Kennedy and the Cold War
Cold War rhetoric dominated the 1960 presidential campaign. Senator John F. Kennedy and Vice President Richard M. Nixon both pledged to strengthen American military forces and promised a tough stance against the Soviet Union and international communism. Kennedy warned of the Soviet's growing arsenal of intercontinental ballistic missiles and pledged to revitalize American nuclear forces. He also criticized the Eisenhower administration for permitting the establishment of a pro-Soviet government in Cuba.
John F. Kennedy was the first American president born in the 20th century. The Cold War and the nuclear arms race with the Soviet Union were vital international issues throughout his political career. His inaugural address stressed the contest between the free world and the communist world, and he pledged that the American people would "pay any price, bear any burden, meet any hardship, support any friend, oppose any foe to assure the survival and success of liberty."
The Bay of Pigs
Before his inauguration, JFK was briefed on a plan drafted during the Eisenhower administration to train Cuban exiles for an invasion of their homeland. The plan anticipated that support from the Cuban people and perhaps even elements of the Cuban military would lead to the overthrow of Castro and the establishment of a non-communist government friendly to the United States.
Kennedy approved the operation and some 1,400 exiles landed at Cuba's Bay of Pigs on April 17. The entire force was either killed or captured, and Kennedy took full responsibility for the failure of the operation.
The Arms Race
In June 1961, Kennedy met with Soviet leader Nikita Khrushchev in Vienna, Austria. (See a memorandum outlining the main points of conversation between President Kennedy and Khrushchev at their first lunch meeting.) Kennedy was surprised by Khrushchev's combative tone. At one point, Khrushchev threatened to cut off Allied access to Berlin. The Soviet leader pointed out the Lenin Peace Medals he was wearing, and Kennedy answered, "I hope you keep them." Just two months later, Khrushchev ordered the construction of the Berlin Wall to stop the flood of East Germans into West Germany.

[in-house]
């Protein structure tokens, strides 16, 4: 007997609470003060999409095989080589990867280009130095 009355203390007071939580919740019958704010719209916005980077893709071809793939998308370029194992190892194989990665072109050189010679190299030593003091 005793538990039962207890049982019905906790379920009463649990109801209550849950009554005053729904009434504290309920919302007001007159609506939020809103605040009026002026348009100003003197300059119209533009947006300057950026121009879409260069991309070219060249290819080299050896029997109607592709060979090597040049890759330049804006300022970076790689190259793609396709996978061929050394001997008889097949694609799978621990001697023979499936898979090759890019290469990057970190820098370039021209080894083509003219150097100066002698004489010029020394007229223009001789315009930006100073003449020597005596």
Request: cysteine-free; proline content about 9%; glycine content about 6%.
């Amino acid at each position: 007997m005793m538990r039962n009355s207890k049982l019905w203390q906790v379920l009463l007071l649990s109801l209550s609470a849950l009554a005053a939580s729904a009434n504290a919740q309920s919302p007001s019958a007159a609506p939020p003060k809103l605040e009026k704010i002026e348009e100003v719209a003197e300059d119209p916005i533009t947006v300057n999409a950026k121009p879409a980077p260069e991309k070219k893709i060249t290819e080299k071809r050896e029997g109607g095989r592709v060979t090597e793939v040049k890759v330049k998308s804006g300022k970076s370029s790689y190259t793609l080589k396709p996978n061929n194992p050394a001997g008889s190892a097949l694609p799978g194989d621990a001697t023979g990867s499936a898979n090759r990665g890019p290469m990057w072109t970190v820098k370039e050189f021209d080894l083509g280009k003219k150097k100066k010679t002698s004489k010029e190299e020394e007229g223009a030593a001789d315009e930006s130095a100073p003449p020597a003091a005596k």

As a result of these threatening developments, Kennedy ordered substantial increases in American intercontinental ballistic missile forces. He also added five new army divisions and increased the nation's air power and military reserves. The Soviets meanwhile resumed nuclear testing and President Kennedy responded by reluctantly reactivating American tests in early 1962.
The Cuban Missile Crisis
In the summer of 1962, Khrushchev reached a secret agreement with the Cuban government to supply nuclear missiles capable of protecting the island against another U.S.-sponsored invasion. In mid-October, American spy planes photographed the missile sites under construction. Kennedy responded by placing a naval blockade, which he referred to as a "quarantine," around Cuba. He also demanded the removal of the missiles and the destruction of the sites. Recognizing that the crisis could easily escalate into nuclear war, Khrushchev finally agreed to remove the missiles in return for an American pledge not to reinvade Cuba. But the end of Cuban Missile Crisis did little to ease the tensions of the Cold War. The Soviet leader decided to commit whatever resources were required for upgrading the Soviet nuclear strike force. His decision led to a major escalation of the nuclear arms race.
In June 1963, President Kennedy spoke at the American University commencement in Washington, D.C. He urged Americans to critically reexamine Cold War stereotypes and myths and called for a strategy of peace that would make the world safe for diversity. In the final months of the Kennedy presidency Cold War tensions seemed to soften as the Limited Nuclear Test Ban Treaty was negotiated and signed. In addition, Washington and Moscow established a direct line of communication known as the "Hotline" to help reduce the possibility of war by miscalculation.
In May 1961, JFK had authorized sending 500 Special Forces troops and military advisers to assist the government of South Vietnam. They joined 700 Americans already sent by the Eisenhower administration. In February 1962, the president sent an additional 12,000 military advisers to support the South Vietnamese army. By early November 1963, the number of U.S. military advisers had reached 16,000.
Even as the military commitment in Vietnam grew, JFK told an interviewer, "In the final analysis, it is their war. They are the ones who have to win it or lose it. We can help them, we can give them equipment, we can send our men out there as advisers, but they have to win it—the people of Vietnam against the Communists. . . . But I don't agree with those who say we should withdraw. That would be a great mistake. . . . [The United States] made this effort to defend Europe. Now Europe is quite secure. We also have to participate—we may not like it—in the defense of Asia." In the final weeks of his life, JFK wrestled with the need to decide the future of the United States commitment in Vietnam—and very likely had not made a final decision before his death.